In comparing dogs, why are cats more place oriented than people oriented?FamilyPet
Cats are one of the most misunderstood animals on the planet.
While canines are pack animals, and will do just about anything to place the pack leader, cats are not, so you really can’t get them to do something they don’t want to–unless, of course, you have some great treat in your hand. But that isn’t to say that cats aren’t people-oriented; in fact, many are affectionate and playful, and many of them even get along well with their canine housemates.
They just communicate in a different manner than dogs.
Most of the misunderstanding seems to stem from the fact that cats pay close attention to detail. That is genetic, and their ancestors in the wild needed to be especially observant so they could outwit her prey. This was necessary to survive, and somehow that’s led many to believe that cats are independent and self-sufficient, not needing any human companionship.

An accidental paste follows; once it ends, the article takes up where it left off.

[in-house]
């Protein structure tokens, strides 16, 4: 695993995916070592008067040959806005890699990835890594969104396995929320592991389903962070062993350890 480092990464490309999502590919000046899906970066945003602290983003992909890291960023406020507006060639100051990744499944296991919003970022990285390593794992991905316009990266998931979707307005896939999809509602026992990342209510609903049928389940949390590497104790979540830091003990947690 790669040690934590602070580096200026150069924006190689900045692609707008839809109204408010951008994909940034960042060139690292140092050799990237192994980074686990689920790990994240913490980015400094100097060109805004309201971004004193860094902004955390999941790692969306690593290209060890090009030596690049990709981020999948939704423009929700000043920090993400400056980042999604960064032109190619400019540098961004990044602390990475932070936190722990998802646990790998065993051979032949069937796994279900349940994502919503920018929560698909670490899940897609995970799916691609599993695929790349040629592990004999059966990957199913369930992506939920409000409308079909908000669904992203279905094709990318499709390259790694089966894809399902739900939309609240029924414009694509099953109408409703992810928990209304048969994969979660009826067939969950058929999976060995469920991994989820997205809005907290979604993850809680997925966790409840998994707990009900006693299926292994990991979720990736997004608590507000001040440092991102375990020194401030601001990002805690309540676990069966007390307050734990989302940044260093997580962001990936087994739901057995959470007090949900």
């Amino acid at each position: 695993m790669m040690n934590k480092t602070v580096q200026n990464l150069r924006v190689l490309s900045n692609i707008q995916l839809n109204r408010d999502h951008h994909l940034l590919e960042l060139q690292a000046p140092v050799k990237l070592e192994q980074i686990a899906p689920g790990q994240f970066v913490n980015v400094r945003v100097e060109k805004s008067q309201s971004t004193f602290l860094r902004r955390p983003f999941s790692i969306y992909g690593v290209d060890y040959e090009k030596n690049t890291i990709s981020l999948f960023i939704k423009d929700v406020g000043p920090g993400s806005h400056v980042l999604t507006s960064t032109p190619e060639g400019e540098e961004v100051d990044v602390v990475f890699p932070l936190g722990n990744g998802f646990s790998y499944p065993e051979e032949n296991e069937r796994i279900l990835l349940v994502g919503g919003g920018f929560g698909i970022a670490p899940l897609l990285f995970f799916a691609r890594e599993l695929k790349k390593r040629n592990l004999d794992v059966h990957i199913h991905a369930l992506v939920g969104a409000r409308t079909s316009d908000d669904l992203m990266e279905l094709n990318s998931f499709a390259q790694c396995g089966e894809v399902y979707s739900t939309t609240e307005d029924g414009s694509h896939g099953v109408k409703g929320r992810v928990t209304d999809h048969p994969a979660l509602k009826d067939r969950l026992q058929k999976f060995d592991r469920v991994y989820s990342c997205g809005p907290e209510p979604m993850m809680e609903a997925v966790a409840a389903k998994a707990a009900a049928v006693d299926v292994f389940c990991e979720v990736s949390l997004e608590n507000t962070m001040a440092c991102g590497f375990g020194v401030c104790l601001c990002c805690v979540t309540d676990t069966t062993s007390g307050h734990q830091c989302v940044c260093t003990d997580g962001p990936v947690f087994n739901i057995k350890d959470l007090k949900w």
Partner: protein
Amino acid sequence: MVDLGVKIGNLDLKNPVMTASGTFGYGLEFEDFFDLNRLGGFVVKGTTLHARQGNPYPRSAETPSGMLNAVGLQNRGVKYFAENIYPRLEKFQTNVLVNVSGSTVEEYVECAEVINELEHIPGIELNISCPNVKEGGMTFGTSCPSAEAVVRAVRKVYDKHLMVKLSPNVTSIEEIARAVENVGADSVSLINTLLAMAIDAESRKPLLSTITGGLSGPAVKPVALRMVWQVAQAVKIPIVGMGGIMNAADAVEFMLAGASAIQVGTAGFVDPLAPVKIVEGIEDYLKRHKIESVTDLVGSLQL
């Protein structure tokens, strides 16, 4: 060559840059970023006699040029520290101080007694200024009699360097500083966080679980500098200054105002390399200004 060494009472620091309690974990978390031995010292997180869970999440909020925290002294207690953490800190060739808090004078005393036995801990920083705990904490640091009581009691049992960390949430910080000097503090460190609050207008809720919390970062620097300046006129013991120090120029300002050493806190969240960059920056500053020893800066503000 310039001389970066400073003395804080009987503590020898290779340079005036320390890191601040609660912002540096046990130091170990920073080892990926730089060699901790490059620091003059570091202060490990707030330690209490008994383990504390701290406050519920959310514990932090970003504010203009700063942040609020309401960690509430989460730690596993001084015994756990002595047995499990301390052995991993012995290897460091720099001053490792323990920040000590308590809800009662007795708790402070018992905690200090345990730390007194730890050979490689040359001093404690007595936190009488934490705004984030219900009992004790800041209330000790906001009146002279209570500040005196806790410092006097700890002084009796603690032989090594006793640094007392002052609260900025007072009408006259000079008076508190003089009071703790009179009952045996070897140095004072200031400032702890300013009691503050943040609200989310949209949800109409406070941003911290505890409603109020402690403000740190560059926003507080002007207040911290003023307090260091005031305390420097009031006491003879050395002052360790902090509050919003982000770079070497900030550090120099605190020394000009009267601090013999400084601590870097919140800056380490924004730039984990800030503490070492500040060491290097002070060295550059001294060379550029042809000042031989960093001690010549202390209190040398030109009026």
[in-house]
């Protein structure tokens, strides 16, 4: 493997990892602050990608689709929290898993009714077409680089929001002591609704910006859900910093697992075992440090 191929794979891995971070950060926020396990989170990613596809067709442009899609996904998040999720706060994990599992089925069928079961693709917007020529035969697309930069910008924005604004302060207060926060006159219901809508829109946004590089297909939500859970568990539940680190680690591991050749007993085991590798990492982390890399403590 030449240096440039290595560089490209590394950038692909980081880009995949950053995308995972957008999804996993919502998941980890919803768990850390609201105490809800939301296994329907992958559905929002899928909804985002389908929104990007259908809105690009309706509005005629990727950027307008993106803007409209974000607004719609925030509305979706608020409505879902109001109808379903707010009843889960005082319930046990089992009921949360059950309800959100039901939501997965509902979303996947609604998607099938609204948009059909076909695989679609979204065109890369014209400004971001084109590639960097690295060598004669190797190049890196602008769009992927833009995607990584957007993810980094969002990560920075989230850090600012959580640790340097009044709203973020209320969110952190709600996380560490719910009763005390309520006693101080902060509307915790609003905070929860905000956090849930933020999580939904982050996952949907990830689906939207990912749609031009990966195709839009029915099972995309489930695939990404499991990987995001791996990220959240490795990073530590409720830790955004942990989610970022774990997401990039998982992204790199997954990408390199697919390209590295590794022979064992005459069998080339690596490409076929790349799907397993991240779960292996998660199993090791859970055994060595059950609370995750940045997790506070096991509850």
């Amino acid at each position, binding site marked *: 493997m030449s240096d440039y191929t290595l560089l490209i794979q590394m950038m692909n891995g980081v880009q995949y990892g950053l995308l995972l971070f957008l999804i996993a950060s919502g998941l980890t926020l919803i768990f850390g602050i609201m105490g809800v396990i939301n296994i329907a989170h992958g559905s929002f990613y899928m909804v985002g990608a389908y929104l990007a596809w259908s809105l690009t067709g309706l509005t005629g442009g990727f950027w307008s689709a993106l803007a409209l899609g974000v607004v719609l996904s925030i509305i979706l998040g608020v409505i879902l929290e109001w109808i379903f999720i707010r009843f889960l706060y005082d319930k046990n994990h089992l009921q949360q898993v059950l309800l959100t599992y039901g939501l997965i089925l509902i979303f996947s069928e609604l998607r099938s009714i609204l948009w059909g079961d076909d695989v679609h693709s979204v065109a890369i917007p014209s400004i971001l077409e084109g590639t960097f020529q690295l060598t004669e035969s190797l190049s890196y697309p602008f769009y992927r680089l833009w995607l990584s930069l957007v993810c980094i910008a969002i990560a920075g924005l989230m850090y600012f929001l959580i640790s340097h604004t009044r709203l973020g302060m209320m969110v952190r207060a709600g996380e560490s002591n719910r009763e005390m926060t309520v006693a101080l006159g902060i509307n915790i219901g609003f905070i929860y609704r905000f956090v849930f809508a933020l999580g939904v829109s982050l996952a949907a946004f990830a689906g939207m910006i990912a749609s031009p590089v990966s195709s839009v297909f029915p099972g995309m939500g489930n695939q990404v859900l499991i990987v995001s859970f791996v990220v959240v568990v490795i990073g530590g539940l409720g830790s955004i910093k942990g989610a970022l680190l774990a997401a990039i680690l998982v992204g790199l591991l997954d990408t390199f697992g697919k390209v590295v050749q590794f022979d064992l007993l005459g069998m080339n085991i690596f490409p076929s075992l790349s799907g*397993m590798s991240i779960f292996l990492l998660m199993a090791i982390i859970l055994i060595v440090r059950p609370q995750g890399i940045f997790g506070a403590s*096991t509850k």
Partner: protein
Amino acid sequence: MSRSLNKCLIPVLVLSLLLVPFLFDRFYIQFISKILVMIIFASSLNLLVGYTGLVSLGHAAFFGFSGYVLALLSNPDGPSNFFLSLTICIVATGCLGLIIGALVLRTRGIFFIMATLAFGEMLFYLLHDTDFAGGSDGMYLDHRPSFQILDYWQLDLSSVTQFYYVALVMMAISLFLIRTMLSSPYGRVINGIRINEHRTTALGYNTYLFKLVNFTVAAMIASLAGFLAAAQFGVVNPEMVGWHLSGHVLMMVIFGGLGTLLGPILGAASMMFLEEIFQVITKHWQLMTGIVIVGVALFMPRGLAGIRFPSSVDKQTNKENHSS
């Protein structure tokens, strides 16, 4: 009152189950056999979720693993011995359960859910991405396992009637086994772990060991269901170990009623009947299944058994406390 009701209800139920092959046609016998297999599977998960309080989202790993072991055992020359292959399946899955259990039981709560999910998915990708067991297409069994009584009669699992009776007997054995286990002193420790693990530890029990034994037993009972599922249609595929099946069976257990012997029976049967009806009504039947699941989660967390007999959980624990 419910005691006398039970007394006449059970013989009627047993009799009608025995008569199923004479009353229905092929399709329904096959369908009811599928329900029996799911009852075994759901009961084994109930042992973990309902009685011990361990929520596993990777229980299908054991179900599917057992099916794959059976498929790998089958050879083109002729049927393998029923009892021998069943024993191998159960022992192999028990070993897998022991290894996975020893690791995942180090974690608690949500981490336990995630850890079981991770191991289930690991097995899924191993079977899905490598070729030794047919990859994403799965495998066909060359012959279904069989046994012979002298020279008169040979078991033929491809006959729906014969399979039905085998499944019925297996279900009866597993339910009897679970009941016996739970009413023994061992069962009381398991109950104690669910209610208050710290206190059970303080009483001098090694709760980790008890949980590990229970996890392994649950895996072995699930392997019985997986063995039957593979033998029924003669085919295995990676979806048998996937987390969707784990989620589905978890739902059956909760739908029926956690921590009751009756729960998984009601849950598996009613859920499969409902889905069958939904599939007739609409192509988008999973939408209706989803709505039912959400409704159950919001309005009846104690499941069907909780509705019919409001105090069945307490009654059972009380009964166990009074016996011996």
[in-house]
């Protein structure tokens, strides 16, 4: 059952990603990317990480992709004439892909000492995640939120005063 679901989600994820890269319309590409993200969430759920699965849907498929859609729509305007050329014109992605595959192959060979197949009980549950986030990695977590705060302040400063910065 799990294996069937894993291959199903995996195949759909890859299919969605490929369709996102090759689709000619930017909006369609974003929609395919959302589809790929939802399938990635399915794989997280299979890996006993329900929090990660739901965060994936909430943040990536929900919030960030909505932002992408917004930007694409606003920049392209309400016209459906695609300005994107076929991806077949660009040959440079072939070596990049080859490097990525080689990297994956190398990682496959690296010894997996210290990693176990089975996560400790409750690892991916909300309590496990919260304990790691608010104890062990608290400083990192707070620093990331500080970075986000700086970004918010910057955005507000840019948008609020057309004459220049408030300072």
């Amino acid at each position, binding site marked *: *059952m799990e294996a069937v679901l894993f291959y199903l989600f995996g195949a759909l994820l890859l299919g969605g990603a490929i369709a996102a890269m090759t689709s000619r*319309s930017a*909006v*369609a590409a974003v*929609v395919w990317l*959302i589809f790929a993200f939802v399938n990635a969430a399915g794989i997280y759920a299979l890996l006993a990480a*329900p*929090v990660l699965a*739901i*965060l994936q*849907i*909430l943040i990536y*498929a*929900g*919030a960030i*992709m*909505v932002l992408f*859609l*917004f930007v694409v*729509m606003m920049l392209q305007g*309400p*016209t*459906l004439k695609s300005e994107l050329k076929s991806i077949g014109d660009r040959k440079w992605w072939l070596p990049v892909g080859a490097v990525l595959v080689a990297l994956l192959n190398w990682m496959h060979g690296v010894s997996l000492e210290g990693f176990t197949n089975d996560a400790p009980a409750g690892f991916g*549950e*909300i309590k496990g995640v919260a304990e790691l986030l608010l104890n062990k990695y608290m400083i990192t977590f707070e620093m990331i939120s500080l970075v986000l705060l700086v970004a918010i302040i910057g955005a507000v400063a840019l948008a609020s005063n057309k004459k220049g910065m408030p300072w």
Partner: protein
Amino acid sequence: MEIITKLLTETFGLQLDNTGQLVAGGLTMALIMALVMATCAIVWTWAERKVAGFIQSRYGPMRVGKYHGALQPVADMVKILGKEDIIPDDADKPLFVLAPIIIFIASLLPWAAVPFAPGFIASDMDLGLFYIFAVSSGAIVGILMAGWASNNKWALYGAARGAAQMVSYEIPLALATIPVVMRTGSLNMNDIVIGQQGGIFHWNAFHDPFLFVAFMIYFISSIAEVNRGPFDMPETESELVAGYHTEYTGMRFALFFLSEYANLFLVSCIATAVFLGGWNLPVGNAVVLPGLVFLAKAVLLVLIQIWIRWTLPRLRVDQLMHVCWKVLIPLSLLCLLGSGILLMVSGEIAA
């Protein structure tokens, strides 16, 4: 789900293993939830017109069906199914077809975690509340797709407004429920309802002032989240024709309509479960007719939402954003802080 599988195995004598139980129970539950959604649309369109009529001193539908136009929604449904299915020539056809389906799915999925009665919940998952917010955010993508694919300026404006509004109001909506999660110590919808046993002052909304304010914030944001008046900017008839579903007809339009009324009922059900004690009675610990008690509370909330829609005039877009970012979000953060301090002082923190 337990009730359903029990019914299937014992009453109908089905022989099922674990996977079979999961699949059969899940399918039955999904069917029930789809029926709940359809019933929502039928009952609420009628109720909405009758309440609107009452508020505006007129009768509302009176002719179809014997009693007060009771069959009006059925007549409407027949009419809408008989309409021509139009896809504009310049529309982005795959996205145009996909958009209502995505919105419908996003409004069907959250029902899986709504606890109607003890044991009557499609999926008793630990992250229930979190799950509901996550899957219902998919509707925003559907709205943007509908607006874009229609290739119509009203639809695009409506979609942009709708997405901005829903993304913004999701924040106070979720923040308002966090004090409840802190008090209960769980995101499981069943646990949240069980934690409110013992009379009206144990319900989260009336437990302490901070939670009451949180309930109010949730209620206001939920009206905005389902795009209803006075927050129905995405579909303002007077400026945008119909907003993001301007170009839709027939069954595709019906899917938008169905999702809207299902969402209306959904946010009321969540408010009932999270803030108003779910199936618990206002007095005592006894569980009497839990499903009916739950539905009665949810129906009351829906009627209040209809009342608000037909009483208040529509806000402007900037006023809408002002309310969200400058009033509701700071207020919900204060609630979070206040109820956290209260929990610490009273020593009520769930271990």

Even though the cat doesn’t live in the wild anymore, she does have this genetic predisposition plus the inability to interpret according to environment—she sees everything in relation to the wild. What that means is what you see as a minor thing can push her over the edge with worry; for instance, if you just move a few pieces of furniture in a room, she’ll see it as her entire house disappearing; if her food bowl is moved just a little, she’ll see it as a threat to her food—and then she’ll act accordingly to survive, such as running to hide or even refusing to let you touch her. She’ll obsess over it so much that humans will interpret that a general disinterest and distrust of people, when what she actually could use is some human reassurance.
It’s important to note, however, that a new toy won’t set off any negative reaction. A new toy is shiny and sparkly and fascinating. Anything else is connected to food and safety—and that’s a concern to the cat.